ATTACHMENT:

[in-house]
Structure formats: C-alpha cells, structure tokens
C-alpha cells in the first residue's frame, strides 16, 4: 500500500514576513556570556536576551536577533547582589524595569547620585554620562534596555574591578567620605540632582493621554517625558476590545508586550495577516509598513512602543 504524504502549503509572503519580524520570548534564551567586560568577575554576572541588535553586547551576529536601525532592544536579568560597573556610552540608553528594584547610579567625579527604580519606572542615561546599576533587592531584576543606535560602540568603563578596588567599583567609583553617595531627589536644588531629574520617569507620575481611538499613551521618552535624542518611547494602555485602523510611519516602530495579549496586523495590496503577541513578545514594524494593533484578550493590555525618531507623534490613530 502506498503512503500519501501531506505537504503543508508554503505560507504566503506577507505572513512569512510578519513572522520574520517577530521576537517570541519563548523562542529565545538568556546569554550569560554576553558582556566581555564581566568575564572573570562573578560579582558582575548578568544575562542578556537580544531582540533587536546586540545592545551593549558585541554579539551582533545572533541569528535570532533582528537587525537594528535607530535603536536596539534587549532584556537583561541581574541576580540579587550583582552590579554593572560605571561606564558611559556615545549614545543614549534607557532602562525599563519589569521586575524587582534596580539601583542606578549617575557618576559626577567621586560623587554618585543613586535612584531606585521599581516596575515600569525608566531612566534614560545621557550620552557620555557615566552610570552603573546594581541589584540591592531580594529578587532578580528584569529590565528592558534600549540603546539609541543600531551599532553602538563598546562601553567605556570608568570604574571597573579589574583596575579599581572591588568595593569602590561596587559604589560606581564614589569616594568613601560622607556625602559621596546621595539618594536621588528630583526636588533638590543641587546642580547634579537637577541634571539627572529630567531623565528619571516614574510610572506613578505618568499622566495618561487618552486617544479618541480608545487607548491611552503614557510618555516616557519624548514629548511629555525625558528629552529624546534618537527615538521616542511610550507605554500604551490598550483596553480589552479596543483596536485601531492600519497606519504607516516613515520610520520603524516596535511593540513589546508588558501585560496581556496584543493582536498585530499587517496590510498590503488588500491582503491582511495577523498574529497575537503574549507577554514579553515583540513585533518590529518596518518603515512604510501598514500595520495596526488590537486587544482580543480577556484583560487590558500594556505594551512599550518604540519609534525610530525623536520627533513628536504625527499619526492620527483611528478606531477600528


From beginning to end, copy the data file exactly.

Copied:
[in-house]
Structure formats: C-alpha cells, structure tokens
C-alpha cells in the first residue's frame, strides 16, 4: 500500500514576513556570556536576551536577533547582589524595569547620585554620562534596555574591578567620605540632582493621554517625558476590545508586550495577516509598513512602543 504524504502549503509572503519580524520570548534564551567586560568577575554576572541588535553586547551576529536601525532592544536579568560597573556610552540608553528594584547610579567625579527604580519606572542615561546599576533587592531584576543606535560602540568603563578596588567599583567609583553617595531627589536644588531629574520617569507620575481611538499613551521618552535624542518611547494602555485602523510611519516602530495579549496586523495590496503577541513578545514594524494593533484578550493590555525618531507623534490613530 502506498503512503500519501501531506505537504503543508508554503505560507504566503506577507505572513512569512510578519513572522520574520517577530521576537517570541519563548523562542529565545538568556546569554550569560554576553558582556566581555564581566568575564572573570562573578560579582558582575548578568544575562542578556537580544531582540533587536546586540545592545551593549558585541554579539551582533545572533541569528535570532533582528537587525537594528535607530535603536536596539534587549532584556537583561541581574541576580540579587550583582552590579554593572560605571561606564558611559556615545549614545543614549534607557532602562525599563519589569521586575524587582534596580539601583542606578549617575557618576559626577567621586560623587554618585543613586535612584531606585521599581516596575515600569525608566531612566534614560545621557550620552557620555557615566552610570552603573546594581541589584540591592531580594529578587532578580528584569529590565528592558534600549540603546539609541543600531551599532553602538563598546562601553567605556570608568570604574571597573579589574583596575579599581572591588568595593569602590561596587559604589560606581564614589569616594568613601560622607556625602559621596546621595539618594536621588528630583526636588533638590543641587546642580547634579537637577541634571539627572529630567531623565528619571516614574510610572506613578505618568499622566495618561487618552486617544479618541480608545487607548491611552503614557510618555516616557519624548514629548511629555525625558528629552529624546534618537527615538521616542511610550507605554500604551490598550483596553480589552479596543483596536485601531492600519497606519504607516516613515520610520520603524516596535511593540513589546508588558501585560496581556496584543493582536498585530499587517496590510498590503488588500491582503491582511495577523498574529497575537503574549507577554514579553515583540513585533518590529518596518518603515512604510501598514500595520495596526488590537486587544482580543480577556484583560487590558500594556505594551512599550518604540519609534525610530525623536520627533513628536504625527499619526492620527483611528478606531477600528